English 270/003 (WI)
Righting Wrongs: Literature and the Question of Justice
The desire for revenge against an injustice, while unsettling, is a feeling that humanity struggles to control, individually and collectively. Religion and the law, for example, provide institutional frameworks to express and at the same time curb this impulse to right a wrong, and revenge constitutes its own genre in literature and film. This course seeks to investigate not only the representation of retribution in literature but also to explore the ways that literature dramatizes injustice and attempts to right wrongs more generally. In what ways do texts critique the all-too-human impulse for revenge? Why might texts try to recuperate vengeance? How does literature represent the law and its efforts to create justice? In what ways does literature enable us to imagine other forms of justice? We will endeavor to answer these and other questions by reading a variety of genres, including drama, poetry, film, and novels, produced in varied geographic locations and over a long history, from the ancient Greeks to the present. Although a part of our aim will be to appreciate these texts within their historical moment, our primary goal will be to consider them as participants in a broader literary history preoccupied by the pursuit and meanings of justice.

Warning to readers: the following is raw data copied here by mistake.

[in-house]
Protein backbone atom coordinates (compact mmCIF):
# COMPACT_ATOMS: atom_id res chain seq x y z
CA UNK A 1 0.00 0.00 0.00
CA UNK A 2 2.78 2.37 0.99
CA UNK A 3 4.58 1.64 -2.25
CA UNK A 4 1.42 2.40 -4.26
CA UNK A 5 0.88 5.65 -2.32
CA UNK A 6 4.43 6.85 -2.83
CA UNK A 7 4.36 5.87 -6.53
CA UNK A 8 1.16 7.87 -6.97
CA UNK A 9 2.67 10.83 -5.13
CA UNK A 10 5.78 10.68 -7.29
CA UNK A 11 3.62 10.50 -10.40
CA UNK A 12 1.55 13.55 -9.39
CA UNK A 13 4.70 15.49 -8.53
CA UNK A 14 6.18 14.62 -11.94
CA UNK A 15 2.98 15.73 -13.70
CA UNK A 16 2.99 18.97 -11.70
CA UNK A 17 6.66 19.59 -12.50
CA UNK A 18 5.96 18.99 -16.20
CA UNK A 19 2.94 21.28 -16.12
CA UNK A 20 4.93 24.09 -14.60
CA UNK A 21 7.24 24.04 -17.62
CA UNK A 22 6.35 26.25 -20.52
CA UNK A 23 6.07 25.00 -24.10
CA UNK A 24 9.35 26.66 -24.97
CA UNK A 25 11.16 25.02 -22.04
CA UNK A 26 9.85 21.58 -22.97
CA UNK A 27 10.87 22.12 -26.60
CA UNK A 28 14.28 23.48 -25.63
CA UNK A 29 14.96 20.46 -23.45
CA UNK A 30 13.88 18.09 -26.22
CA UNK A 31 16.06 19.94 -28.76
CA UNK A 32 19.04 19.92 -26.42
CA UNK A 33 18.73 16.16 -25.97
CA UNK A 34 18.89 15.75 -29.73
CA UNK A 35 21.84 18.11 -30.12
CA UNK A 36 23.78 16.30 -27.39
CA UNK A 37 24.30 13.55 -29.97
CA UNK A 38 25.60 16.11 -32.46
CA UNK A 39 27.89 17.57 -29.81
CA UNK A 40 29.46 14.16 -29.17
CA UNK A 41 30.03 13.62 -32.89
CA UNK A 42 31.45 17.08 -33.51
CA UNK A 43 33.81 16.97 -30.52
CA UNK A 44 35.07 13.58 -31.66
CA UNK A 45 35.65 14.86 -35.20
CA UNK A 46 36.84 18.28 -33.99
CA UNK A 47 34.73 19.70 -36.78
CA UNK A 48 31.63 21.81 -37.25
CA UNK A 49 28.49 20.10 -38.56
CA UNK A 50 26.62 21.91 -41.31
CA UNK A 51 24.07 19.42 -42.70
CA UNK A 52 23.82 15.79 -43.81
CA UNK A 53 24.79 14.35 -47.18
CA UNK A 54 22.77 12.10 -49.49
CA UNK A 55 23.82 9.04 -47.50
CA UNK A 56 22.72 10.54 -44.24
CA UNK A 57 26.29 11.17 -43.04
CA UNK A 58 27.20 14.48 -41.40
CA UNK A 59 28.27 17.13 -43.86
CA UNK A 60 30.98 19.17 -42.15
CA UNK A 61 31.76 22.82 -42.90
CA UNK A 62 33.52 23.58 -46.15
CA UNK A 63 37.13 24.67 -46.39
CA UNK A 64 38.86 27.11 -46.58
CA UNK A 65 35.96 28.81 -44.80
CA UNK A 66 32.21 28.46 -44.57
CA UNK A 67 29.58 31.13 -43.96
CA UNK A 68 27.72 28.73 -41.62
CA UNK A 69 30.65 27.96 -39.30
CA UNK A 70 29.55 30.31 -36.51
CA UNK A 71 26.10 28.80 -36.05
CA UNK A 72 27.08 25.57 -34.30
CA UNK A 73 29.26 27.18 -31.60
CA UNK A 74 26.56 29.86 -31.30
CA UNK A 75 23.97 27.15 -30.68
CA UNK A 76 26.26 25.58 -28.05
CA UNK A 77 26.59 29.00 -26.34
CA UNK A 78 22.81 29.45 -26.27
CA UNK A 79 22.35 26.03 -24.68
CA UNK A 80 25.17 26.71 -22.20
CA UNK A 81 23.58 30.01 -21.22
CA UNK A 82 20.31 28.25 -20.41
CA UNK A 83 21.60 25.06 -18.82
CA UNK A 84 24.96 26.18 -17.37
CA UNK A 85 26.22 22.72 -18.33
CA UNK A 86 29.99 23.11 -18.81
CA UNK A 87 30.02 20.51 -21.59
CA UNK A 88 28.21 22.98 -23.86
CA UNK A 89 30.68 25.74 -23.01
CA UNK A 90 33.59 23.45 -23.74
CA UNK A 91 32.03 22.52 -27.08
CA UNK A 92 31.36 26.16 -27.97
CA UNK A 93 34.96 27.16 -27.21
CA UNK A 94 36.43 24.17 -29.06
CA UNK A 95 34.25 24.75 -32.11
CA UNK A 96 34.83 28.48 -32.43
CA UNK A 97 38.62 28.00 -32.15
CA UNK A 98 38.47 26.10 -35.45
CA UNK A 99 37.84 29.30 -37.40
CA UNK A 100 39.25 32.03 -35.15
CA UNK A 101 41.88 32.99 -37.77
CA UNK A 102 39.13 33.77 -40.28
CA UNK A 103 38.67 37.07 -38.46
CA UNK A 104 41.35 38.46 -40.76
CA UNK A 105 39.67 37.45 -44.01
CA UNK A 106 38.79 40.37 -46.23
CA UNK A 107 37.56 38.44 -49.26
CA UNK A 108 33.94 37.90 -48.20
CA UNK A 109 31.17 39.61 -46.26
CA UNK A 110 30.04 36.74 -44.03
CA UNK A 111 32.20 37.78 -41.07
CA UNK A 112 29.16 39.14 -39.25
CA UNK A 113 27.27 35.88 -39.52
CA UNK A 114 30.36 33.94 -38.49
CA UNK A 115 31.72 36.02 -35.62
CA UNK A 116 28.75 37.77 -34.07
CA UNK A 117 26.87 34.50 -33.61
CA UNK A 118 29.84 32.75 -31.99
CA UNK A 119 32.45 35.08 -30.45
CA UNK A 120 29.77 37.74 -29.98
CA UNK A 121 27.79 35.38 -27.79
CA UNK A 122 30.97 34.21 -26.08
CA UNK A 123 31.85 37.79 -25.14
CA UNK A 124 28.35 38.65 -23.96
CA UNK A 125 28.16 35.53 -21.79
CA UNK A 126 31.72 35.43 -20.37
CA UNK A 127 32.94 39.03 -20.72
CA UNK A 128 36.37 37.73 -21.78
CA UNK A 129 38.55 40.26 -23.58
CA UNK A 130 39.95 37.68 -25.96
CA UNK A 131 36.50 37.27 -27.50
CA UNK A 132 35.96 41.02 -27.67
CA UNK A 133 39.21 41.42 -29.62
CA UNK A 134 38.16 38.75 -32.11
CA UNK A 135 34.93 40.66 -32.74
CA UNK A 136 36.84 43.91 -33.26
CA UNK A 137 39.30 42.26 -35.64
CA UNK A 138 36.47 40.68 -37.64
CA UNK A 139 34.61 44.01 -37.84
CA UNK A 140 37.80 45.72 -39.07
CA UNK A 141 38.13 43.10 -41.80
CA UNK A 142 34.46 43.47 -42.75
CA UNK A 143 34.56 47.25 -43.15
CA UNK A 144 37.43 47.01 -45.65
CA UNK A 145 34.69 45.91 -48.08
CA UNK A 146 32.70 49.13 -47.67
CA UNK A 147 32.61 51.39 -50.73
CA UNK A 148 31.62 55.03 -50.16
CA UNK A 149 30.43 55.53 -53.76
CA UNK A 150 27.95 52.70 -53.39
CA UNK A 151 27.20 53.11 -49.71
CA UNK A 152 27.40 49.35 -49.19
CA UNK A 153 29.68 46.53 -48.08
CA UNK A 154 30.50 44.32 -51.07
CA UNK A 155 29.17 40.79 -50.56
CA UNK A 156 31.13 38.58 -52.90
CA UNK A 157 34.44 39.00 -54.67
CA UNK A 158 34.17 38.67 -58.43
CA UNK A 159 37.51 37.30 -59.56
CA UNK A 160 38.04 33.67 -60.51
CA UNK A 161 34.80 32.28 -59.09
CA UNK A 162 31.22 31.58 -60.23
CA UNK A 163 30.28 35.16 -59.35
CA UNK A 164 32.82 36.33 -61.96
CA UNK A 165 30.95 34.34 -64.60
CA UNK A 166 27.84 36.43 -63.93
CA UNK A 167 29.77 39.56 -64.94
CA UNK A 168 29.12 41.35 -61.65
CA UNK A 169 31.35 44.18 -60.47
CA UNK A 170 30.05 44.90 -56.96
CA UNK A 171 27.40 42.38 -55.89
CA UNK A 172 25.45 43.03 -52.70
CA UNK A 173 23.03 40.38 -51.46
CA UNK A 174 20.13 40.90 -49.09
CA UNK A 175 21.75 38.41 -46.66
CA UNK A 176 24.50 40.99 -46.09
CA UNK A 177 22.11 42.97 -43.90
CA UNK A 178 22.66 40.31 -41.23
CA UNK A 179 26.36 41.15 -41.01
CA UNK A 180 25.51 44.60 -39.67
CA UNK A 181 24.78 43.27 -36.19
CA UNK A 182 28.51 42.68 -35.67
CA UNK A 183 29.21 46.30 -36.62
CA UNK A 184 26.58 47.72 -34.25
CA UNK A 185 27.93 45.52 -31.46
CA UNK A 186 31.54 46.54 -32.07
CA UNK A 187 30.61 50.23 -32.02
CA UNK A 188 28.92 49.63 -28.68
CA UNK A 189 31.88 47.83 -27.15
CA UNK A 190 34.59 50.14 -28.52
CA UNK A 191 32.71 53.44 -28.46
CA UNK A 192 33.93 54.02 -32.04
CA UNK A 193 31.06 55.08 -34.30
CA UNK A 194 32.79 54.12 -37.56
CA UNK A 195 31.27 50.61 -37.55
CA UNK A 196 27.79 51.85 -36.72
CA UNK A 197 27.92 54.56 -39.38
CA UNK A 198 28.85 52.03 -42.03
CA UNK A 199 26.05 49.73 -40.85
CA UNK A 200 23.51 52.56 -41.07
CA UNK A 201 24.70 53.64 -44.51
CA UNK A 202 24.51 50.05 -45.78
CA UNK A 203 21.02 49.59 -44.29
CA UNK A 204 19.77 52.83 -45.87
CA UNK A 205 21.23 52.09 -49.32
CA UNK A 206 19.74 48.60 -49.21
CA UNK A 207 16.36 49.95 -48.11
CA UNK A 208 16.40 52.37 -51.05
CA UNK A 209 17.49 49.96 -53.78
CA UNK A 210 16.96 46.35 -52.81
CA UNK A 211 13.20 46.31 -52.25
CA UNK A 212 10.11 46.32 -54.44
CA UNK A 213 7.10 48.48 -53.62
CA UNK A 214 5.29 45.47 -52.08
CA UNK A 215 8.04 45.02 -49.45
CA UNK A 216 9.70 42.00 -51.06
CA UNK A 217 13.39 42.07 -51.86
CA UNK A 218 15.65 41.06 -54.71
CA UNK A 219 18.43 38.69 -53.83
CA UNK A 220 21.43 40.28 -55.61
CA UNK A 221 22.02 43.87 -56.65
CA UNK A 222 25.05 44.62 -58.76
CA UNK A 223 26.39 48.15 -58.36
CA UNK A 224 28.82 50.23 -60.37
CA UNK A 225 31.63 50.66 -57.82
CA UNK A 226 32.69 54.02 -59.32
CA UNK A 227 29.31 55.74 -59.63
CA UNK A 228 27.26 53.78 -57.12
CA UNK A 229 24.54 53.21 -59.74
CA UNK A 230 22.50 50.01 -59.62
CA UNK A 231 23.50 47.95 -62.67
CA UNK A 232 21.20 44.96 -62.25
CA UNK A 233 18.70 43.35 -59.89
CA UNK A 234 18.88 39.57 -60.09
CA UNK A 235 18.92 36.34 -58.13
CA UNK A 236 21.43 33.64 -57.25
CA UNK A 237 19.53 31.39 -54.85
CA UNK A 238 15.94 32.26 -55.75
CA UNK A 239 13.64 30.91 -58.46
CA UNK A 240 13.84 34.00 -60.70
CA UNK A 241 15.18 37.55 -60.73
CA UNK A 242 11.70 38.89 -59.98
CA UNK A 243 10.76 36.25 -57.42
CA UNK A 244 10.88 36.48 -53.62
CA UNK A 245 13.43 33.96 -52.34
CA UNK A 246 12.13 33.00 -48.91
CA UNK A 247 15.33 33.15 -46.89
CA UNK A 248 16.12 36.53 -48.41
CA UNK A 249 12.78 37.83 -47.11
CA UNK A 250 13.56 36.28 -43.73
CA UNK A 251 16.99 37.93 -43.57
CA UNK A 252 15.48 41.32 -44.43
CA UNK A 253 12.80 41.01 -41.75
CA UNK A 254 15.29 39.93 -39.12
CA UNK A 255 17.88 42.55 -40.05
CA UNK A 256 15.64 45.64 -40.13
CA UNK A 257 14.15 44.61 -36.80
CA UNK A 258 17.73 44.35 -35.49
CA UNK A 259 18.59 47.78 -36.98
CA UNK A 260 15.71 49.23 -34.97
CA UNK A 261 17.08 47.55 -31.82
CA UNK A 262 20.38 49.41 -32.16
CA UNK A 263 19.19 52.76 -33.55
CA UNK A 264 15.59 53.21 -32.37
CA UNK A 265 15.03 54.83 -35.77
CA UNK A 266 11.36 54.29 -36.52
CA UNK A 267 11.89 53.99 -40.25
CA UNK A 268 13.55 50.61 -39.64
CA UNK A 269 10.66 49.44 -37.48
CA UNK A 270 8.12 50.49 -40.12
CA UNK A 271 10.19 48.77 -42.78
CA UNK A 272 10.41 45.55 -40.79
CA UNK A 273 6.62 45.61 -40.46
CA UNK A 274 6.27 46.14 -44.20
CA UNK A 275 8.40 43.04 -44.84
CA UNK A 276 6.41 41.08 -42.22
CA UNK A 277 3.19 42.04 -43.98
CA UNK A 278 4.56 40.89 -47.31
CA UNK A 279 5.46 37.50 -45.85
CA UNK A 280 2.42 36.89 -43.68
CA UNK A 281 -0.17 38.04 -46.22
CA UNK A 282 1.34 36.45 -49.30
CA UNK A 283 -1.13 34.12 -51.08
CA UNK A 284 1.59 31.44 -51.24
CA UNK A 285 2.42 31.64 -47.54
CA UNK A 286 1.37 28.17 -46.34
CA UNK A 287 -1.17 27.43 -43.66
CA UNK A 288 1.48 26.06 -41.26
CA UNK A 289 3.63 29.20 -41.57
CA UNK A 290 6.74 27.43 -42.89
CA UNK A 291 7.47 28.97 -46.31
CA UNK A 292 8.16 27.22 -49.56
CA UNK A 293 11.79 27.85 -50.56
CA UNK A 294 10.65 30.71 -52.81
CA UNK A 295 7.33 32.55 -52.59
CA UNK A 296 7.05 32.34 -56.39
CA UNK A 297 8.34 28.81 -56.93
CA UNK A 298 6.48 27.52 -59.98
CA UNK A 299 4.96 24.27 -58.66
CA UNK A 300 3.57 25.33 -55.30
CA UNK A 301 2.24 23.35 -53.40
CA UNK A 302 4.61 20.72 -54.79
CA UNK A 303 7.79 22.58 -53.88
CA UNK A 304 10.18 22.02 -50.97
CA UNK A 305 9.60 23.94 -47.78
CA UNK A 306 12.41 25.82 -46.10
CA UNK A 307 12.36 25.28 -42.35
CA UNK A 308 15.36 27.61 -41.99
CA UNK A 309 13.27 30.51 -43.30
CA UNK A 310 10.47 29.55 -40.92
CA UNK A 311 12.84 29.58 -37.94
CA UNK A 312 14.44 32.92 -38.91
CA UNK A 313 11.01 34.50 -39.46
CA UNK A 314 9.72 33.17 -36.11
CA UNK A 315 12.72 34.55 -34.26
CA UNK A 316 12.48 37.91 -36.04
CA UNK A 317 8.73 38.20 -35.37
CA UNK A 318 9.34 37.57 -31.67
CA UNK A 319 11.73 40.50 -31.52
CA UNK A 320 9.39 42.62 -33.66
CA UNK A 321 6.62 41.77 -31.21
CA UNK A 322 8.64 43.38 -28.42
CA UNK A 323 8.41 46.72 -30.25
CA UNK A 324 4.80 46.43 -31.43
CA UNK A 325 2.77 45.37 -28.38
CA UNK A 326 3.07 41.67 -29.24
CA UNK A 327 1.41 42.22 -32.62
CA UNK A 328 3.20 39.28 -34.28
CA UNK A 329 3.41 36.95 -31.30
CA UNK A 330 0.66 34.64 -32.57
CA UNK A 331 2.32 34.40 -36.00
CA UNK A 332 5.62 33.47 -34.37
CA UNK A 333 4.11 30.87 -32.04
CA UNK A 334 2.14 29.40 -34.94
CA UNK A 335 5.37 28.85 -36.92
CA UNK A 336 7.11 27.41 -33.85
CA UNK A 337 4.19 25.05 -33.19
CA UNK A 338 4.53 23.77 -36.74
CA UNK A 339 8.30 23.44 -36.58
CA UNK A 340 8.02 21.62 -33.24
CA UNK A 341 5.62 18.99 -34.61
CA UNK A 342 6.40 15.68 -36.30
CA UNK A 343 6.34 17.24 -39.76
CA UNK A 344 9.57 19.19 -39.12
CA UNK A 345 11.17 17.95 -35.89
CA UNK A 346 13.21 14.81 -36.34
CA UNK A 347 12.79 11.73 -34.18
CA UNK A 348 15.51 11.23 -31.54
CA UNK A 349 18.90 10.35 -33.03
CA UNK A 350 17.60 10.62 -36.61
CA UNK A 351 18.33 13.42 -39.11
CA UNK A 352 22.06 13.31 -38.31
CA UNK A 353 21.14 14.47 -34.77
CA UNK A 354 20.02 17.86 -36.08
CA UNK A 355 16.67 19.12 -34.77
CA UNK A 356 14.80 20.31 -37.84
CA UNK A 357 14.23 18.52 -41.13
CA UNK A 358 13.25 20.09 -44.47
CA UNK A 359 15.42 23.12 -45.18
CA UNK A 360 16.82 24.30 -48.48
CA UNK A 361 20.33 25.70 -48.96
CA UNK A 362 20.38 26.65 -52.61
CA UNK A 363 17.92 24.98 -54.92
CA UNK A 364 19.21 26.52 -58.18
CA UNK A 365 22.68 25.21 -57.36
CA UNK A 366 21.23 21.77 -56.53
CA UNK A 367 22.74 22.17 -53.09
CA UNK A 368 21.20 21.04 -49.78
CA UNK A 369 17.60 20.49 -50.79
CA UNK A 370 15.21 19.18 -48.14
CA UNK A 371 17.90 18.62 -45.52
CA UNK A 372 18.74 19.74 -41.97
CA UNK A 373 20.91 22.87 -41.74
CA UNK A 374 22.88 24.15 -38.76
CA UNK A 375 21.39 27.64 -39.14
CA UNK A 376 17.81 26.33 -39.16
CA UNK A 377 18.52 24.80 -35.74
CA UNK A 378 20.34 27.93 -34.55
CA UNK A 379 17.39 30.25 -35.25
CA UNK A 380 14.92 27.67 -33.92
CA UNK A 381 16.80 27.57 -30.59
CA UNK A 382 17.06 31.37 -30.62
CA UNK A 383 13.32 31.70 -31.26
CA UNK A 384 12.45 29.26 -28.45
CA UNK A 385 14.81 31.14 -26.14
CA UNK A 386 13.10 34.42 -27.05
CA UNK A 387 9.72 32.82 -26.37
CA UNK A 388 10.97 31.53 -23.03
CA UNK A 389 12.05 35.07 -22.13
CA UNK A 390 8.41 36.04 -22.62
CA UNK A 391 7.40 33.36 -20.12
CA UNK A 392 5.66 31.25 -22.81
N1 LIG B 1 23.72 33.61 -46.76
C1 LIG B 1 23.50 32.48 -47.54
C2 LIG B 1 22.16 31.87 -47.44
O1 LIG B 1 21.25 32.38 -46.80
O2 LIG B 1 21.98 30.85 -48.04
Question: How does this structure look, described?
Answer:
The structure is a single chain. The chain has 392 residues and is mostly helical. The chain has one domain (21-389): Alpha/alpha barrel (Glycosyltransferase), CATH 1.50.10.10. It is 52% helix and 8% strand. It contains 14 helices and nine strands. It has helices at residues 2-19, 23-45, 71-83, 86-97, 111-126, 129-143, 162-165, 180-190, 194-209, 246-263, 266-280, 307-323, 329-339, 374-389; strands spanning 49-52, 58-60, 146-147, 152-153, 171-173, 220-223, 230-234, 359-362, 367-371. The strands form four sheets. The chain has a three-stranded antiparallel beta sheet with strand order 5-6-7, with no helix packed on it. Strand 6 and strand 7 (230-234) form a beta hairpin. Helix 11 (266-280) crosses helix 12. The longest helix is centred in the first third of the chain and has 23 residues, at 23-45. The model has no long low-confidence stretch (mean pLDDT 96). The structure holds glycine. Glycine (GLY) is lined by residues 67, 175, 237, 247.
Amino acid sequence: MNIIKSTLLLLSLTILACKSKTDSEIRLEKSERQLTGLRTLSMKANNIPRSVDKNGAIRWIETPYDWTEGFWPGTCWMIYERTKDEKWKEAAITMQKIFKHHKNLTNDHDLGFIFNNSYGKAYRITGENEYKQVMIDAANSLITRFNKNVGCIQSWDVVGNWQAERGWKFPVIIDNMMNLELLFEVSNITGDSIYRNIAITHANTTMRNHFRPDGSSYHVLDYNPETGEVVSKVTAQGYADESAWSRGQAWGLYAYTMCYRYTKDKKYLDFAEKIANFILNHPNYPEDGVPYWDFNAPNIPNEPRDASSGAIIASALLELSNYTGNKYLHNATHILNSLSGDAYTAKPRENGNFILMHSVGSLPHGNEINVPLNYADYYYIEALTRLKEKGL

Moreover, this is a writing intensive course in which students will write two short essays and one longer research paper. The two short essays will enable students to practice close reading of texts to generate insights into the text we study; the longer research paper will require students to craft a proposal, submit a full draft of the essay, have a consultation on that draft, and hand in a revised version so we can engage with all parts of the writing process.
Aeschylus. The Oresteia. Richard Lattimore and Mark Griffith, trans. Chicago: University of Chicago Press, 1969; reprint in 2013.
Dante. The Inferno. Allen Mandelbaum, trans. New York: Bantam Dell, 2004.
Shakespeare. The Merchant of Venice. Barbara A. Mowat and Paul Werstine, eds. Folger Shakespeare Library Edition. New York: Washington Square Press, 1992.
Shelley, Mary. Frankenstein. J. Paul Hunter, ed. New York: W. W. Norton & Company, 2012.
Philip, M. NourbeSe. Zong! Connecticut: Wesley University Press, 2008.
Yapa, Sunil. Your Heart Is a Muscle the Size of a Fist. New York: Bay Back Books, 2016.